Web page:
One of the founders of the West Papuan independence movement, Nicolaas Jouwe, has died in Jakarta at the age of 93.
Jouwe was a member of the New Guinea Council, the legislature established in 1961 by the Netherlands in its former territory of West New Guinea.
He was the highest ranking Papuan in the colony as the Dutch were preparing it for independence.
When control of the territory was transferred to Indonesia from 1963, Jouwe and his family left to settle in the Netherlands from where he campaigned for an independent West Papua.
He became a permanent advisor to Dutch delegations to the United Nations and the South Pacific Commission.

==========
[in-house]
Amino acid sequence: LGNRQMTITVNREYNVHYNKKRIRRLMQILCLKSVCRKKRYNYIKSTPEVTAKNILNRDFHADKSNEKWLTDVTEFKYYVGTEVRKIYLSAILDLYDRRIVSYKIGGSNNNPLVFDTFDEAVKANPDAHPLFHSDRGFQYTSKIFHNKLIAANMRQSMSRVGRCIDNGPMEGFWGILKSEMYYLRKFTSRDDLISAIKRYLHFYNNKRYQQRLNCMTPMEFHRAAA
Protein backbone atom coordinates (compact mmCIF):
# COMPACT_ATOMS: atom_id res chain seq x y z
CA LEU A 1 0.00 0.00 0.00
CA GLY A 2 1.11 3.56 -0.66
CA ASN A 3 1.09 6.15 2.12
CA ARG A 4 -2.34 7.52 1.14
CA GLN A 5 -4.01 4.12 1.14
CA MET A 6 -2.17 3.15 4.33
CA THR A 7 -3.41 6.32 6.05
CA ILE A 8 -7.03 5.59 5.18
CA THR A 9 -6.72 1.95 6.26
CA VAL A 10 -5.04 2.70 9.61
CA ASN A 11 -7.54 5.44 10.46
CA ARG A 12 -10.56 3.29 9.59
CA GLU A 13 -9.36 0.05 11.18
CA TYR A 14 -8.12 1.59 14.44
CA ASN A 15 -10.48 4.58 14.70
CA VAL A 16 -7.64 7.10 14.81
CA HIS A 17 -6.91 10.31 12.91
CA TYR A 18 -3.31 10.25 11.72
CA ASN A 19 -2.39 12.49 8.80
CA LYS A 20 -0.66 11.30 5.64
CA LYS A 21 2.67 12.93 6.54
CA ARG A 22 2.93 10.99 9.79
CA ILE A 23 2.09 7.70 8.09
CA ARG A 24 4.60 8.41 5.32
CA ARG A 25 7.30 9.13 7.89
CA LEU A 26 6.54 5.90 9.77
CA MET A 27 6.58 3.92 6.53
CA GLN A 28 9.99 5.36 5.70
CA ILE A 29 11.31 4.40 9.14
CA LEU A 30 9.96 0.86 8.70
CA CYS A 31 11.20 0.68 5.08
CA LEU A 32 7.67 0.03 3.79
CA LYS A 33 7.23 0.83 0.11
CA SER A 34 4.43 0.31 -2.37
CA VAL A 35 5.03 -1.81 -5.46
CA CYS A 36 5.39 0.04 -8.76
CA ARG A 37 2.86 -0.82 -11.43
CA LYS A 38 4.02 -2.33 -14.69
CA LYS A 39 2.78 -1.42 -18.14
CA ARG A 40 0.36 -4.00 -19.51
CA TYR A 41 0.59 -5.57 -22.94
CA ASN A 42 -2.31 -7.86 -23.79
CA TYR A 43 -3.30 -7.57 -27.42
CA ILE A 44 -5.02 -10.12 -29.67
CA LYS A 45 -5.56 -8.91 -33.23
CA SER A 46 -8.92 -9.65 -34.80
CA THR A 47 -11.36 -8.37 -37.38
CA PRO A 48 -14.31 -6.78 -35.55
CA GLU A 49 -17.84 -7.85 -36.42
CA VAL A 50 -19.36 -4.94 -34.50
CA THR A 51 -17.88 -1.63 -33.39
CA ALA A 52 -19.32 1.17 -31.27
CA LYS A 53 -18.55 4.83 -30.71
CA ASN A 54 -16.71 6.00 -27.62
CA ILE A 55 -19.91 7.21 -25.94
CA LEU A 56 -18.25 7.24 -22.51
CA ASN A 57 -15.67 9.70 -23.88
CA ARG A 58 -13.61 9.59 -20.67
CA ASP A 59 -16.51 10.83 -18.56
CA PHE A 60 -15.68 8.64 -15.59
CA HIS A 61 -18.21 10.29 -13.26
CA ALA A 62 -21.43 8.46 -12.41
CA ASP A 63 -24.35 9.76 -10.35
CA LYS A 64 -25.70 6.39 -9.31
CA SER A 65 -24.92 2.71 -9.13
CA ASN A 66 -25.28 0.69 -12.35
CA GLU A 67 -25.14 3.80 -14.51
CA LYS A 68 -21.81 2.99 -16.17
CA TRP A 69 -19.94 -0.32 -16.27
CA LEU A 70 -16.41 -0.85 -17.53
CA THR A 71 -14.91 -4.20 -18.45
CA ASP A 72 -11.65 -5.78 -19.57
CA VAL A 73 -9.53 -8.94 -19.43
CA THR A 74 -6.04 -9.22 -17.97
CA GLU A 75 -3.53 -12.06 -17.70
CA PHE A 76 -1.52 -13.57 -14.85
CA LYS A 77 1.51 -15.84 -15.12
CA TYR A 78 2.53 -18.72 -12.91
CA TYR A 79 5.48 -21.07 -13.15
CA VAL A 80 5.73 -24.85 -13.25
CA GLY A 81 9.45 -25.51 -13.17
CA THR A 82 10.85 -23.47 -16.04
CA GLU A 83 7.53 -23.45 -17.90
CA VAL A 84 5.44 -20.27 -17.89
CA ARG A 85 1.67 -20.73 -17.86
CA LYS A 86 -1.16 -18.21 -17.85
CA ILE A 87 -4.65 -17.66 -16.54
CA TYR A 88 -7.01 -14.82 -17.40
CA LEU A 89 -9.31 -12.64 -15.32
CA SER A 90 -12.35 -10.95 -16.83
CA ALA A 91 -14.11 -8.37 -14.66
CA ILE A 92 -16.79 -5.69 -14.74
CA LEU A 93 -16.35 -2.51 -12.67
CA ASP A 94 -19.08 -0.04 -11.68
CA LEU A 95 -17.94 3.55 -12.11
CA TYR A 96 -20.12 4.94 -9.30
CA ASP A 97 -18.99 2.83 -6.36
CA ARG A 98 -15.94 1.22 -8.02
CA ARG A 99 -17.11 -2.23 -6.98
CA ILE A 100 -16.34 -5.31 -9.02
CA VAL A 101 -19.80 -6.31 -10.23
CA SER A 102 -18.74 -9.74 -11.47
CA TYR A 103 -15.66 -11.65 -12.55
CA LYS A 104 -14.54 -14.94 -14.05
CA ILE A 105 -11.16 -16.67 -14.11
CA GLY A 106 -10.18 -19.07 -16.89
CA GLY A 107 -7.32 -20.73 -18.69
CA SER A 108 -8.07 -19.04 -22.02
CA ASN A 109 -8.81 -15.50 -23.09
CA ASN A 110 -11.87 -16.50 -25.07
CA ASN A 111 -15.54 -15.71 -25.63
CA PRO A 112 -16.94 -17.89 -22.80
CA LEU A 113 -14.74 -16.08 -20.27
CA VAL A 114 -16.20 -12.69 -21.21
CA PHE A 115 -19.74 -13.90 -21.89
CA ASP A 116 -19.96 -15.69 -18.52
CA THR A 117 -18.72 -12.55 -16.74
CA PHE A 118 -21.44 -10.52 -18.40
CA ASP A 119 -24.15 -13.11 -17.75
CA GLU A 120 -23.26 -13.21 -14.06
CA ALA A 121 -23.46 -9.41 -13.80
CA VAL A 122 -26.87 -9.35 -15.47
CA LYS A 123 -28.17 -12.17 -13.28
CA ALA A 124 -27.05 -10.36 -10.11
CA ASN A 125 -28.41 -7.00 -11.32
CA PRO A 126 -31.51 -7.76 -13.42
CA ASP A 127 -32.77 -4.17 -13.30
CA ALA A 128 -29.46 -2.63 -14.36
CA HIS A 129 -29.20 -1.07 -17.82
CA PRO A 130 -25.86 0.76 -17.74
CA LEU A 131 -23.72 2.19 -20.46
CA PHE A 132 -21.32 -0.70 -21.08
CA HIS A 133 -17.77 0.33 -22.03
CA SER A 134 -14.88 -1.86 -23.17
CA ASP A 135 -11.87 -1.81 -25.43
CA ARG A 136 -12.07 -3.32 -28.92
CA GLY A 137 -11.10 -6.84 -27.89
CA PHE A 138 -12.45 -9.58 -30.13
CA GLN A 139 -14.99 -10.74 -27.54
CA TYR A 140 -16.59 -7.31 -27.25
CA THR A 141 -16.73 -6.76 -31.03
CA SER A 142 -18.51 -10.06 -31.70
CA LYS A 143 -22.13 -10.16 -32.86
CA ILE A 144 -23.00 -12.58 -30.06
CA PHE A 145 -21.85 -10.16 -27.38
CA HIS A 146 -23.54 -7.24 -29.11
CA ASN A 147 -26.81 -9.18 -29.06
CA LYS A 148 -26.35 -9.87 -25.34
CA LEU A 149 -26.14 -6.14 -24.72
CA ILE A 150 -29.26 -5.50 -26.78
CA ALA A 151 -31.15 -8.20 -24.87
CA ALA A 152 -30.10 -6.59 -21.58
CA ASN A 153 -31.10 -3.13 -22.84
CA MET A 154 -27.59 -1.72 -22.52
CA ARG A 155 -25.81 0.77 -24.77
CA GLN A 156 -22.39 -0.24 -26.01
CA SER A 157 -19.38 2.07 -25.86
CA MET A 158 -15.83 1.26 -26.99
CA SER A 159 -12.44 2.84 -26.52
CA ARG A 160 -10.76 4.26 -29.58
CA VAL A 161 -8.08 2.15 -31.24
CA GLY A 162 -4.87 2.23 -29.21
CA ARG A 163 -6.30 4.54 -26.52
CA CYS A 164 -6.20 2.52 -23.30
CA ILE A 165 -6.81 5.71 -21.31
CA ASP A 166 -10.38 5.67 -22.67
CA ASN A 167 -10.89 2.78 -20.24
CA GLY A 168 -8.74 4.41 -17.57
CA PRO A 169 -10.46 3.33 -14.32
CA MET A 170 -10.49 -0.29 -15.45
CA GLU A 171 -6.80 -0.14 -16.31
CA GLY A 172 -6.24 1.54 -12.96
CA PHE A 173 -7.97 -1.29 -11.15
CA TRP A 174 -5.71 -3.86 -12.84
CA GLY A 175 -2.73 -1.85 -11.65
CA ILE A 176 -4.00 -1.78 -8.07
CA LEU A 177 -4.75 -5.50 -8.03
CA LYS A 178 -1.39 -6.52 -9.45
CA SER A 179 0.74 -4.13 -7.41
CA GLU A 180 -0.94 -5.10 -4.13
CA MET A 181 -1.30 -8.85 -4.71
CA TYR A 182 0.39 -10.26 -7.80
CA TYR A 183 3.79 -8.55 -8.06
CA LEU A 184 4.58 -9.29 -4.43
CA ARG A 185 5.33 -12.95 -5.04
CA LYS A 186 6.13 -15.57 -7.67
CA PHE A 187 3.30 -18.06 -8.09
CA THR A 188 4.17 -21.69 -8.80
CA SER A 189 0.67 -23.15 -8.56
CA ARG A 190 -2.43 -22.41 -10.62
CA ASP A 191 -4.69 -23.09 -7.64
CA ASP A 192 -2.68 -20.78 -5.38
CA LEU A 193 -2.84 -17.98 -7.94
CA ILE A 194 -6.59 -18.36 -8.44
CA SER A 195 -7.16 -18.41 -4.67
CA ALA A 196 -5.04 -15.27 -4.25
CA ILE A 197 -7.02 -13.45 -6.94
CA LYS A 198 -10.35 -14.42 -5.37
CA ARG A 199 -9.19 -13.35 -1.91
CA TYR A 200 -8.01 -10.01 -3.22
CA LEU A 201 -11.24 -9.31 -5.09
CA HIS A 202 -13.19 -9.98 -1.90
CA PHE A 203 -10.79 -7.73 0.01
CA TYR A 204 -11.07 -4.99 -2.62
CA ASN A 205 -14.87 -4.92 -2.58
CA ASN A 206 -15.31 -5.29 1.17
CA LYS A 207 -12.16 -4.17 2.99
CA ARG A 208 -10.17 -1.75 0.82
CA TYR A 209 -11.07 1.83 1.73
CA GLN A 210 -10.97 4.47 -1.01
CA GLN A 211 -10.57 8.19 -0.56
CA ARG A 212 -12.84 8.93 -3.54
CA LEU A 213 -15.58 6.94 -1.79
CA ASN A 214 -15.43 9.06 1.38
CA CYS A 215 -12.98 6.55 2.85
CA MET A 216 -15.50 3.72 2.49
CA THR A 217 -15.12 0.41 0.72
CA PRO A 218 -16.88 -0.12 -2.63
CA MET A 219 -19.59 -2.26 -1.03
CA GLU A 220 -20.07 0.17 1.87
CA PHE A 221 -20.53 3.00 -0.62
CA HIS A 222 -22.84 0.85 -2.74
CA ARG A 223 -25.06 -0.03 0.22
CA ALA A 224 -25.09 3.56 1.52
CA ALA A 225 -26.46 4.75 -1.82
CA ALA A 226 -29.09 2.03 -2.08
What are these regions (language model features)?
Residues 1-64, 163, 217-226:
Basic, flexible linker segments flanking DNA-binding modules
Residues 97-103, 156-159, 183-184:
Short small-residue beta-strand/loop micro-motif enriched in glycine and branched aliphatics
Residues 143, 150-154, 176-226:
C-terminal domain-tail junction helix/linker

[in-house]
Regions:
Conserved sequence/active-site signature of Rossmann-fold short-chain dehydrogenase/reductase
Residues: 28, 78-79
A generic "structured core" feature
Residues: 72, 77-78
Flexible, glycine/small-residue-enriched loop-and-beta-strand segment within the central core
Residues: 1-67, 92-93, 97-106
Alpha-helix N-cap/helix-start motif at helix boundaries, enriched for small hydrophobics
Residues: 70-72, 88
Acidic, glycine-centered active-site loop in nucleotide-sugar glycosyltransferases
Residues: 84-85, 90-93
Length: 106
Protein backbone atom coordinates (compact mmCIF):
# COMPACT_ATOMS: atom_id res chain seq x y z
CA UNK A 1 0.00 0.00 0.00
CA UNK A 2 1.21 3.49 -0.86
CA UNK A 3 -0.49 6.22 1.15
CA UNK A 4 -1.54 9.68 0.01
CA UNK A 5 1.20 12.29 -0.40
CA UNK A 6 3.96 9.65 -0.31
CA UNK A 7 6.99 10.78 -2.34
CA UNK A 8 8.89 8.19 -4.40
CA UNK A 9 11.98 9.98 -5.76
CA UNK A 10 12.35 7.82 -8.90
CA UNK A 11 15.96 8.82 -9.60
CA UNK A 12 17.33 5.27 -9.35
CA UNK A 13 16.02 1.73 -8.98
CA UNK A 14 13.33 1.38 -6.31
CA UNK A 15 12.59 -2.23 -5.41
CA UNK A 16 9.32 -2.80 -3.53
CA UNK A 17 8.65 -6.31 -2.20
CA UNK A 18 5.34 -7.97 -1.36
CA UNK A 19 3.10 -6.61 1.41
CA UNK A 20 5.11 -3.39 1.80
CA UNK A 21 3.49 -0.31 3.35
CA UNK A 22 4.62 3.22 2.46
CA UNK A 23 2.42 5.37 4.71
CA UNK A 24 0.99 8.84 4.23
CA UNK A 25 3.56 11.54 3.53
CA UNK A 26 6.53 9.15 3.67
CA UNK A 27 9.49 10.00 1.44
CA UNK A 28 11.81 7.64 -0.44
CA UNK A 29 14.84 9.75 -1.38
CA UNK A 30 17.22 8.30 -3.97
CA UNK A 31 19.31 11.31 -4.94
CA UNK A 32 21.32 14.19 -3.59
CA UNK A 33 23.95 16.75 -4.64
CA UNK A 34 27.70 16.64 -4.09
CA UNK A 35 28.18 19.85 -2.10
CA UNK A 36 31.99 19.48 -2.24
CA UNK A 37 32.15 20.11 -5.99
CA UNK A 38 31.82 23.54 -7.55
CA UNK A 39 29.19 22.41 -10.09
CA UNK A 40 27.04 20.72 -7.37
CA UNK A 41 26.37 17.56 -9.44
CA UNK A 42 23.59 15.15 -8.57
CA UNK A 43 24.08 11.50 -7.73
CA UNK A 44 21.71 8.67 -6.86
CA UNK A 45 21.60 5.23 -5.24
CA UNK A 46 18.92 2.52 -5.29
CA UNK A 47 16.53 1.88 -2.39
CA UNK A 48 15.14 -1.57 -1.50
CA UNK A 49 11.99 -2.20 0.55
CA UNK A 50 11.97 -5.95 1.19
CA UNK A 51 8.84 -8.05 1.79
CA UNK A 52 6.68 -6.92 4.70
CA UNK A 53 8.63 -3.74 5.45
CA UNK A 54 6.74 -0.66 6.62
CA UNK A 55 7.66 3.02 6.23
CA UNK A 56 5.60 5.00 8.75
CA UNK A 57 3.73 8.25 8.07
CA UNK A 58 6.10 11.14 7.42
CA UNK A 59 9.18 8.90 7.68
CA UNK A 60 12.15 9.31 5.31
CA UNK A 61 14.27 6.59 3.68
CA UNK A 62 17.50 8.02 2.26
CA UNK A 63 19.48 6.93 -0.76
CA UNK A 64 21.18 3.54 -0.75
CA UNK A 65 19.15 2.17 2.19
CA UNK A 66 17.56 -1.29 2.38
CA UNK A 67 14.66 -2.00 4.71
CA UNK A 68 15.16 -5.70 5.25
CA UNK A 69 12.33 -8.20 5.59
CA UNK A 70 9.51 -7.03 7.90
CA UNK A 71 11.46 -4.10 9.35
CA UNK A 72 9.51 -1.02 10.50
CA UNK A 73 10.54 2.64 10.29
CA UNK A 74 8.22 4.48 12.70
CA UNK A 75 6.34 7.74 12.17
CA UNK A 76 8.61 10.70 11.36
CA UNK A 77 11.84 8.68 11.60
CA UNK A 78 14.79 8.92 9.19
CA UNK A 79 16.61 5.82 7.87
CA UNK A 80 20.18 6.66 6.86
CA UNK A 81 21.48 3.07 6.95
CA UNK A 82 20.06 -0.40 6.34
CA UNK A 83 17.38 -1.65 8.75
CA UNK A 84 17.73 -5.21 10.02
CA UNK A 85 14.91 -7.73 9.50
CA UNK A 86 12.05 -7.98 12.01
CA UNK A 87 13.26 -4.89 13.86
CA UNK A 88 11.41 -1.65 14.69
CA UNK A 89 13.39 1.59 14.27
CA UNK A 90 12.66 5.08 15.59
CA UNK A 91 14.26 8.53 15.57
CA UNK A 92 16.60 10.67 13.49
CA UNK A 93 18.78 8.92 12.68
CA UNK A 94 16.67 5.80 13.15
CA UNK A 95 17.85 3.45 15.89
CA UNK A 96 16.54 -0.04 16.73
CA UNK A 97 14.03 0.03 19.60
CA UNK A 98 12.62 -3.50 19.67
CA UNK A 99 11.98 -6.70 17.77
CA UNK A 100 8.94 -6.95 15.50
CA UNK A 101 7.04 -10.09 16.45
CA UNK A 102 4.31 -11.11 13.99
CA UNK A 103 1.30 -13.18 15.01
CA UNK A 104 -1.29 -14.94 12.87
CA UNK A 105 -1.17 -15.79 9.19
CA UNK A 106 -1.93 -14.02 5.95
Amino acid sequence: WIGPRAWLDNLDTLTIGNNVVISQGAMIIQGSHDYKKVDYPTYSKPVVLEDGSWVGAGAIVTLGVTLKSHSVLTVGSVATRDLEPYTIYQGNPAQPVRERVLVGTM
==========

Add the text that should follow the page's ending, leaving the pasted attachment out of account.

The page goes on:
Jouwe was given a knighthood by the Queen of The Netherlands for his distinguished services to the government in relation to Papuan affairs.
Although he vowed never to return to his homeland if it were still occupied by Indonesia, Jouwe returned for a visit to Papua in 2009 upon an Indonesian government invitation.
He returned to Indonesia to settle again in 2010.
Jouwe died on Saturday in Indonesia's capital. His body is expected to be flown to Jayapura in Papua province later this week for burial.